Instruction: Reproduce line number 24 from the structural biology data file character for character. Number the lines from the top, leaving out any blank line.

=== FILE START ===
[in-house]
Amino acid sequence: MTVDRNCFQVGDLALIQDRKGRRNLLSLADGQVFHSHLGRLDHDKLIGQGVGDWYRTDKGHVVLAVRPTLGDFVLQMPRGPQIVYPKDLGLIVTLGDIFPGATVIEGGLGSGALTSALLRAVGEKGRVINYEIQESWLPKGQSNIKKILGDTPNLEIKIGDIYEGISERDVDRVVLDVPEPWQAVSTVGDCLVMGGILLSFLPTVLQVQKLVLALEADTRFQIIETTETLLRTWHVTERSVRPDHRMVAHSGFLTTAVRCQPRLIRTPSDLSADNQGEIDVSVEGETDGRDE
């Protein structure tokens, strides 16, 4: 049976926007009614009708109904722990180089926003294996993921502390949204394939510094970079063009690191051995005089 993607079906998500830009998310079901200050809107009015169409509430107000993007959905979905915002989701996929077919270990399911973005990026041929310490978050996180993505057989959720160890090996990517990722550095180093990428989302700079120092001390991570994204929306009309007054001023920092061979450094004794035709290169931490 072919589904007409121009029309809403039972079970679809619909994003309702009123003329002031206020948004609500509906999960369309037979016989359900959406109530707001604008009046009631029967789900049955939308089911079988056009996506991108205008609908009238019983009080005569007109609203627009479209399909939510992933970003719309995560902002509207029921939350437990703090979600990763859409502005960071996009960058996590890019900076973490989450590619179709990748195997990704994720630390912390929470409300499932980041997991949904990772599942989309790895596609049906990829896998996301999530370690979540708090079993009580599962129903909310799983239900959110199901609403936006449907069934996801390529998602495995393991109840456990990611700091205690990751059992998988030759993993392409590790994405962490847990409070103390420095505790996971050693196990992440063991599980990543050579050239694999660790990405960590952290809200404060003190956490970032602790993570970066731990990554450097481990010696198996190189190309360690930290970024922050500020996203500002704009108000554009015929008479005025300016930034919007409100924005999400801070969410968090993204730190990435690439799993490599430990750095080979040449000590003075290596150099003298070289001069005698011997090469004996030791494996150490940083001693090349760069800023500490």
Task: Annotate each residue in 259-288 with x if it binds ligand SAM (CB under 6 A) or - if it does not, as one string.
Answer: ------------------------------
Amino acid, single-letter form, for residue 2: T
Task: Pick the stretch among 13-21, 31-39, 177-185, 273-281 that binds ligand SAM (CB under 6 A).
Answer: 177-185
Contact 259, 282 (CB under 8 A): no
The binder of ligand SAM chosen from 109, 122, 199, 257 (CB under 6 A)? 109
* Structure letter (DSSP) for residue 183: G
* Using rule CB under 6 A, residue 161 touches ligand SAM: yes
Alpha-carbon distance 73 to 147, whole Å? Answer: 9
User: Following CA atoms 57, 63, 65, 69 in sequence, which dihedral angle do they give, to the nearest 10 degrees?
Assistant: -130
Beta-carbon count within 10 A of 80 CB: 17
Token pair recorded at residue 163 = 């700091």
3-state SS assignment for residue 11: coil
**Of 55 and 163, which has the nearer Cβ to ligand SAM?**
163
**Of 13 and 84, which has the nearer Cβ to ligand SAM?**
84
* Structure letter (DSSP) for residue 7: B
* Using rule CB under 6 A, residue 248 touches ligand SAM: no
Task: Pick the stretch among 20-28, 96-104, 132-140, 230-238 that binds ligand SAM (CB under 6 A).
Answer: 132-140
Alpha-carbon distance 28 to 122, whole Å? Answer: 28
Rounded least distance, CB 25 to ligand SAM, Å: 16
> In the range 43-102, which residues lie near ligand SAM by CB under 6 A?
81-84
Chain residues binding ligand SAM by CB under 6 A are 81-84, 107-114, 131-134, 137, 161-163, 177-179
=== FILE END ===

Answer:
* Using rule CB under 6 A, residue 248 touches ligand SAM: no